President Donald Trump has painted a vision of an America that is no longer “the world’s policeman.” But in ordering a barrage of air strikes on Syrian dictator Bashar al-Assad’s chemical weapons resources, Trump reasserted America’s role as an international force. Trump said the move was not merely an ethical reaction to the brutality of Assad’s attacks but that it was also in the “vital national security [interest] of the United States to prevent and deter the spread and use of deadly chemical weapons.”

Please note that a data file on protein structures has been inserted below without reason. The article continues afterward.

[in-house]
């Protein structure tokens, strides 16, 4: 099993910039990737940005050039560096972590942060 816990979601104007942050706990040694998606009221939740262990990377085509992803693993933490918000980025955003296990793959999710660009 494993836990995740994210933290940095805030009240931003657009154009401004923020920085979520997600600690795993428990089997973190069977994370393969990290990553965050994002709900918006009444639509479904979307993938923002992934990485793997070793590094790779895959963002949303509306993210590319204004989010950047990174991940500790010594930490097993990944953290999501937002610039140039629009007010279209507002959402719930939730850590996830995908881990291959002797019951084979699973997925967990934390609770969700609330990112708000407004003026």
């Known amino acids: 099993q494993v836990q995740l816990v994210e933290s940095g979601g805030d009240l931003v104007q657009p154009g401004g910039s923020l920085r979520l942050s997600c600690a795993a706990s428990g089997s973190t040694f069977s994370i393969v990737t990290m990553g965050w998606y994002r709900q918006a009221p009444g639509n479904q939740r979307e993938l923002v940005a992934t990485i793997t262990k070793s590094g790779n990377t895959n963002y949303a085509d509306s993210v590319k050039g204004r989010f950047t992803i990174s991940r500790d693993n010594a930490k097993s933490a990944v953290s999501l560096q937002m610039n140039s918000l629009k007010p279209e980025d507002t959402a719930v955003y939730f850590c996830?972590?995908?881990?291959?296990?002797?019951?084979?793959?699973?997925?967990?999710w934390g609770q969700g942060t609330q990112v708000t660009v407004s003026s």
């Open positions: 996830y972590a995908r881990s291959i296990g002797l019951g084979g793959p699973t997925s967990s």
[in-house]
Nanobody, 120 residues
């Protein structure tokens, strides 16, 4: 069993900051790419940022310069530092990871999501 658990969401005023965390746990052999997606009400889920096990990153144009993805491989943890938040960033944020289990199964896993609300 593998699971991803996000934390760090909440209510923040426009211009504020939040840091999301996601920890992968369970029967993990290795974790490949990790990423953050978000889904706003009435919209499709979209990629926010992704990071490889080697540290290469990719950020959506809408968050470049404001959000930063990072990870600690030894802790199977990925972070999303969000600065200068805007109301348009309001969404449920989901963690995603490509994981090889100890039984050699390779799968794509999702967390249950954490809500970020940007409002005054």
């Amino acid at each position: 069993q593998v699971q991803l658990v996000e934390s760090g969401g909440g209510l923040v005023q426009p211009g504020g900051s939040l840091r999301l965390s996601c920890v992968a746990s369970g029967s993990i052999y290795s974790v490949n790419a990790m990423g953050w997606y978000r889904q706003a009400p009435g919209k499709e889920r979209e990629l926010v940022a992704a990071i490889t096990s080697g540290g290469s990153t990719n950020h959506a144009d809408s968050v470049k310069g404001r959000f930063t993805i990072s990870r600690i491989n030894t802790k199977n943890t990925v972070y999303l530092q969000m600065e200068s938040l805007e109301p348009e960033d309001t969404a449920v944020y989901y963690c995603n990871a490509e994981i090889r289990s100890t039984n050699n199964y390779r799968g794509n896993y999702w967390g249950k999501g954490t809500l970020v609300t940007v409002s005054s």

Trump asserted that there could be “no dispute that Syria used banned chemical weapons, violated its obligations under the Chemical Weapons Convention and ignored the urging of the UN Security Council.” With that statement, Trump leaned on international agreements and bodies to undergird his actions, seemingly a departure from his “America first” isolationist rhetoric. The Chemical Weapons Convention Trump cites is an international agreement between member states of the OPCW — the Organisation for the Prohibition of Chemical Weapons. The UN Security Council, the most powerful body of the United Nations, is charged with the “primary responsibility for the maintenance of international peace and security.” The Council is composed of 15 members, including five permanent members: China, France, Russian Federation, the United Kingdom, and the United States.